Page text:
Wrestling news: Teacher Robert Anthony spends summer in AEW - Sports Illustrated

Schoolteacher Robert Anthony Spends His Summer Vacation Wrestling for AEW

The Week in Wrestling: Robert Anthony reignites his passion for wrestling during a break from his day job, Daniel Cormier expresses interest in pro wrestling and more.
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Jon Moxley on Robert Anthony: ‘In this world of psychopaths and wacky characters, he’s a teacher, which makes him a superhero’

Robert “Ego” Anthony kicked off his summer vacation with a June match on Dark against All Elite Wrestling world champion Jon Moxley.

“It was cool to share the ring with a friend of mine,” says Moxley. “It was only a couple days after Double or Nothing, which was an absolutely brutal, brutal match against Brodie Lee. I was having a hard time even walking, let alone even wrestling. But I wasn’t about to say I was too beat up, I still wanted to go in there and whoop Rob’s ass.”

An elementary school teacher in Illinois, Anthony has spent the past 18 years savoring his time in the ring. He grew close with Moxley during their time together in CZW, a career-altering run for Moxley. It was also one that presented an entirely different perspective of professional wrestling for Anthony, a stark contrast from his time in the WWE developmental system.

Moxley and Anthony wrestled in Philadelphia at the famed former ECW Arena in 2010, and each wore a chip on his shoulder to prove his worth to the wrestling business.

“Mox took me to a place where no one ever had,” says Anthony. “We did it in an amazing way. And we did this one amazing bump, one that the whole match built toward.”

A showcase of two hungry talents seeking to craft an unforgettable story in the ring, the match is compelling but remains overshadowed by a magical—and pain-inducing—spot, that saw Moxley powerbomb Anthony onto shattered glass.

“I remember that night very fondly,” says Moxley. “A lot of the guys in CZW were gnarly—guys like Brain Damage and Necro Butcher. But Robert looked great, like a prototypical WWE guy. He did a thing where he was wearing a mask, but he took off the mask and was doing this pretty boy thing trying to be anti-ultra-violence.

“We told a nice story with a lot of psychology, then I popped his cherry and sent him into the glass.”

Anthony has not forgotten that spot, one that still causes his wife to cringe every time it is discussed.

“It hurt like hell,” admitted Anthony. “But the pain was so much worse on the 12-hour ride home.”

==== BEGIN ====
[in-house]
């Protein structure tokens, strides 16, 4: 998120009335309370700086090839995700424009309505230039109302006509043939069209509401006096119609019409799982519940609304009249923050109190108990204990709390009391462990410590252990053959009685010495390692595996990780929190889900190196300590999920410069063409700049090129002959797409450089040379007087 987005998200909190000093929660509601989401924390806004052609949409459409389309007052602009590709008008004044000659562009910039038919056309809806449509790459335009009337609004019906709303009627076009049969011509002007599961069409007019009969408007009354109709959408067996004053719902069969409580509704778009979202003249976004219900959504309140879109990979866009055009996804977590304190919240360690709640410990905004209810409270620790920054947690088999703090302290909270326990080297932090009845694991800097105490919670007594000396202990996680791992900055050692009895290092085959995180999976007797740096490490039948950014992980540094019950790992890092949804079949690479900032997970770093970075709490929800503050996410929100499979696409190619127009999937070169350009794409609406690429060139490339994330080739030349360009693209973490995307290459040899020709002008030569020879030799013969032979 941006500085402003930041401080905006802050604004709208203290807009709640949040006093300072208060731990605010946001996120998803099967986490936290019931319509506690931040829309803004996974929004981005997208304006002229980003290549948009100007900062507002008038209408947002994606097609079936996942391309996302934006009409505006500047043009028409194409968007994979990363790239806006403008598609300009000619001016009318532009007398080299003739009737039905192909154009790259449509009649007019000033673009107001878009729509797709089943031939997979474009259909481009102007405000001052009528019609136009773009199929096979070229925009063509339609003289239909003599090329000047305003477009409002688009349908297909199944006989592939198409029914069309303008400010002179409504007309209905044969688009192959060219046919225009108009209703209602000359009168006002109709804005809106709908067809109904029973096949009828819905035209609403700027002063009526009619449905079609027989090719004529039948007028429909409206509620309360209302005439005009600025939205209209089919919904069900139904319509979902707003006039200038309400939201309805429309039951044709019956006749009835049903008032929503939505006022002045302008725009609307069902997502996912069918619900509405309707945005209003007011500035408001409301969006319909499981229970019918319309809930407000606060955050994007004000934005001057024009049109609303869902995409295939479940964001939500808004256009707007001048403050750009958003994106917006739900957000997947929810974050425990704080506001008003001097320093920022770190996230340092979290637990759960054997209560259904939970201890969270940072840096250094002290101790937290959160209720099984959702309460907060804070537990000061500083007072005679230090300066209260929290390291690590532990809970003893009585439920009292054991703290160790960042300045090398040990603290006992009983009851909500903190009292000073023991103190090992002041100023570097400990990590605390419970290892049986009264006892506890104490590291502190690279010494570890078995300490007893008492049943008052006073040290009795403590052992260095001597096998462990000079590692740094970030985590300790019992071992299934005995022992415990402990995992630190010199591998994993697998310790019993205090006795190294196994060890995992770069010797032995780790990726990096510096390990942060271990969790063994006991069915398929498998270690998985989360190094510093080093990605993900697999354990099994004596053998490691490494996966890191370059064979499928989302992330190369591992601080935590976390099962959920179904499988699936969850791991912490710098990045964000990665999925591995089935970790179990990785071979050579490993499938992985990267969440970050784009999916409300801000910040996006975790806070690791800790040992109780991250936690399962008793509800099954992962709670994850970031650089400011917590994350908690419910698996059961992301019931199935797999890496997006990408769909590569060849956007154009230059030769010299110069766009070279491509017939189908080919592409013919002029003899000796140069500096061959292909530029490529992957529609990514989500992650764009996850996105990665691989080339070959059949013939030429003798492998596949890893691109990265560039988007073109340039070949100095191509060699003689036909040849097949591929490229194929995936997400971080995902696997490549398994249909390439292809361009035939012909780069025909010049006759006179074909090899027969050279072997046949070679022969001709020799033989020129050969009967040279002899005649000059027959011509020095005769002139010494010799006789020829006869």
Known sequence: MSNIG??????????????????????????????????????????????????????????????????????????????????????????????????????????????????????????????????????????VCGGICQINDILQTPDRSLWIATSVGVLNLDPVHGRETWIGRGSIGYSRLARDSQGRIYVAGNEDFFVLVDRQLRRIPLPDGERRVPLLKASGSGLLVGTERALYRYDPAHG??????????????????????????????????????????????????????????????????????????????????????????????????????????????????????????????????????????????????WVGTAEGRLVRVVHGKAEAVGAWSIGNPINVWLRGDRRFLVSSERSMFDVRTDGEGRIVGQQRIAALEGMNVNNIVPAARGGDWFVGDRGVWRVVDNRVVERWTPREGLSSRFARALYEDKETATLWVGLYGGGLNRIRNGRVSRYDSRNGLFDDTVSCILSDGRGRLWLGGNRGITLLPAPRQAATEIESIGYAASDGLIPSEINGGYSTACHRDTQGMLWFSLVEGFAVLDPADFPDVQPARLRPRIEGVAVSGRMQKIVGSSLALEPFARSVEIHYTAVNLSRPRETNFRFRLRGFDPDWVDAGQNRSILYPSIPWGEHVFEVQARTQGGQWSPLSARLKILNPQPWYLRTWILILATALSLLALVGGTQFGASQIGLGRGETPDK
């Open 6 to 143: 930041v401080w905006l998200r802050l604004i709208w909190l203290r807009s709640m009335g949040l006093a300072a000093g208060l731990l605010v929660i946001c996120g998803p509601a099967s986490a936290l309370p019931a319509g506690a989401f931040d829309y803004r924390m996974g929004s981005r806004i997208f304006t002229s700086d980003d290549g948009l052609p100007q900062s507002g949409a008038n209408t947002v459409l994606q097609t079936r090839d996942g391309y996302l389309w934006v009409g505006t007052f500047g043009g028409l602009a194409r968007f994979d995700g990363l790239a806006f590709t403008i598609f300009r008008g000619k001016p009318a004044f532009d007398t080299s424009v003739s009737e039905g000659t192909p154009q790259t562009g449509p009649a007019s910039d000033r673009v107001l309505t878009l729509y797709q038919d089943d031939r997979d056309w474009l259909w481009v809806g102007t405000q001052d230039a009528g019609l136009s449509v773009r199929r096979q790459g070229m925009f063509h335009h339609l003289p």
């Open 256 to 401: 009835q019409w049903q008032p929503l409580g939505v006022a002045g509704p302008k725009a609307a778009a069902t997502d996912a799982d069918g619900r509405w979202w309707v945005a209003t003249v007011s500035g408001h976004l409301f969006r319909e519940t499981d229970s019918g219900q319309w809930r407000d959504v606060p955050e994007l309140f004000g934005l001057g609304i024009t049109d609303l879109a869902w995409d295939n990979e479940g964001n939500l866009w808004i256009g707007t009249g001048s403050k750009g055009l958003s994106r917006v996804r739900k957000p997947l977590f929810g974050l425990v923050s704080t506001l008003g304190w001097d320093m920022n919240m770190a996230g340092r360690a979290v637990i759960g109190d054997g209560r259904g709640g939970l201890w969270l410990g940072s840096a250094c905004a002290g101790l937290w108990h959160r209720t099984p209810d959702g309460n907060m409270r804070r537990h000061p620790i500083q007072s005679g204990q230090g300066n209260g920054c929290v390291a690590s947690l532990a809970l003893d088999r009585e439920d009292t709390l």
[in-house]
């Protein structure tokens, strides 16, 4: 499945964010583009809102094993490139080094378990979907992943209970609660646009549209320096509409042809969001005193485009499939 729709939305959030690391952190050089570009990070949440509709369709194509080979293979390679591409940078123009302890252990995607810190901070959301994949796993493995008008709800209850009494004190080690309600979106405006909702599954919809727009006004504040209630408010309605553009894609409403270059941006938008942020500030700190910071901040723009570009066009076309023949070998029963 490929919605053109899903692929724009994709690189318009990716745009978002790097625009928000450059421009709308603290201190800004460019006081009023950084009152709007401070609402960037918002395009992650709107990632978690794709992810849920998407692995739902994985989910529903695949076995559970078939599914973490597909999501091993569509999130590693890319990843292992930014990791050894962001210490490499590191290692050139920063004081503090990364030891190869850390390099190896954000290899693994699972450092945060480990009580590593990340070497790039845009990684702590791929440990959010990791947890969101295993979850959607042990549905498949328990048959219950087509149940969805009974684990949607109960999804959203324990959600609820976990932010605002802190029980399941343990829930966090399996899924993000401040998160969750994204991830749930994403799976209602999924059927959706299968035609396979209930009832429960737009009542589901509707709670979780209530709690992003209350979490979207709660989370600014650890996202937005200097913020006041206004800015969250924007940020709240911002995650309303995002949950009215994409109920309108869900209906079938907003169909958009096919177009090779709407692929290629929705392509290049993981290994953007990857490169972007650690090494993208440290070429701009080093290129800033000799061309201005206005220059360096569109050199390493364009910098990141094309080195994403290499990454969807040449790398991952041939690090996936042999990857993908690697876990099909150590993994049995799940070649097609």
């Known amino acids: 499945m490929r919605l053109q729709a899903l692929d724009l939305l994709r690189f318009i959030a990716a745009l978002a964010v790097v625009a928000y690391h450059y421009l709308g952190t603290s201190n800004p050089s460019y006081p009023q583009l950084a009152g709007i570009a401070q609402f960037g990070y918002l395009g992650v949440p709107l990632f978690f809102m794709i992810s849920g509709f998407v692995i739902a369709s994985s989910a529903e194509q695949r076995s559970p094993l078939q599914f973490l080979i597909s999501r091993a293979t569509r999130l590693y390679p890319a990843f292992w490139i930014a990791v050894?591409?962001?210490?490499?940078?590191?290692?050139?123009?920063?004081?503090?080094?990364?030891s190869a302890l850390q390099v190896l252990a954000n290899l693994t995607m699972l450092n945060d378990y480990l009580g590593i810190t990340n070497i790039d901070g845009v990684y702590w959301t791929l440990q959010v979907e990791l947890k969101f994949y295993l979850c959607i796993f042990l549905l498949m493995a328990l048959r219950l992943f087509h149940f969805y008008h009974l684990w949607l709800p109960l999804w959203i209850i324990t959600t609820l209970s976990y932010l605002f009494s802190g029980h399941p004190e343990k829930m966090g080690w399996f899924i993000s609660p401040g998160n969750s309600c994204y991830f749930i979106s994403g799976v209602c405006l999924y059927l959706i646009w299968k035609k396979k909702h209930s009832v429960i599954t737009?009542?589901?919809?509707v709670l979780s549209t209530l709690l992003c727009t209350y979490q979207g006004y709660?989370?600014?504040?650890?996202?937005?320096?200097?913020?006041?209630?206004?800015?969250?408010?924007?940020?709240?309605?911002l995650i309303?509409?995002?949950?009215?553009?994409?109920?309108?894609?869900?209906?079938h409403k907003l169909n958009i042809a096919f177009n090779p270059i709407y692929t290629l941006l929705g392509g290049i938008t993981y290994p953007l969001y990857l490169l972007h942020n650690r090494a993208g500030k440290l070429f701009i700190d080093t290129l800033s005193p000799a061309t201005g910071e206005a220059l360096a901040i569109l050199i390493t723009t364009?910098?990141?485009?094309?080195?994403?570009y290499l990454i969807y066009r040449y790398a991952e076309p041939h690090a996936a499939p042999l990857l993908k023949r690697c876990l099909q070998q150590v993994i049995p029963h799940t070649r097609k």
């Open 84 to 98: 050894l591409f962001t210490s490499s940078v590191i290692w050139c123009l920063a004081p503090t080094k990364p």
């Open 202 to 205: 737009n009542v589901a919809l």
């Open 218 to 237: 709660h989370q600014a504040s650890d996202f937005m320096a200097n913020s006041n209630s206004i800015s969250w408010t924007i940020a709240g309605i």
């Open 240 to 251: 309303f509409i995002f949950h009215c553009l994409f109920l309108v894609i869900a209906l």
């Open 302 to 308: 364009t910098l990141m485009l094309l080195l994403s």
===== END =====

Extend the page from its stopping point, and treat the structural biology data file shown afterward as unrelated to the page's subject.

The 38-year-old Anthony is a wrestling veteran in any locker room he enters. He has worked for indies and big promotions across the country. Originally scooped up by WWE in the winter of 2005, he trained under the guidance of Harley Race. For WWE, he took off the mask he wore as Egotistico Fantastico and wrestled as Robert Anthony. That was the period when WWE was in the midst of transitioning its developmental program to Florida under the FCW banner, and though Anthony benefited from learning from WWE’s top coaches, he never gained the momentum necessary to grow within the company. He was released in the spring of 2008, a devastating blow that ultimately led to the rebirth of his career in CZW.

Anthony then found his calling. He went back to school and earned his teaching degree. Over time, the child infatuated with stardom, just like his idol the “Macho Man” Randy Savage, grew up. He still wrestled on the weekends, but life’s priorities consisted of his responsibilities as a husband, father and teacher.

“I stayed in shape and I have always loved wrestling, but I was getting to the point where I was ready to retire,” says Anthony. “Then Mox texted me at 1 in the morning, telling me we were going to wrestle. I couldn’t believe it. That’s how I started my summer vacation.”

Moxley has been around the wrestling business long enough to know that genuine, caring friends are a rare, but treasured commodity. He also never stopped believing in his friend’s talent, even if there were moments when Anthony came close to letting doubts about his career destroy his incredible ability inside the ring.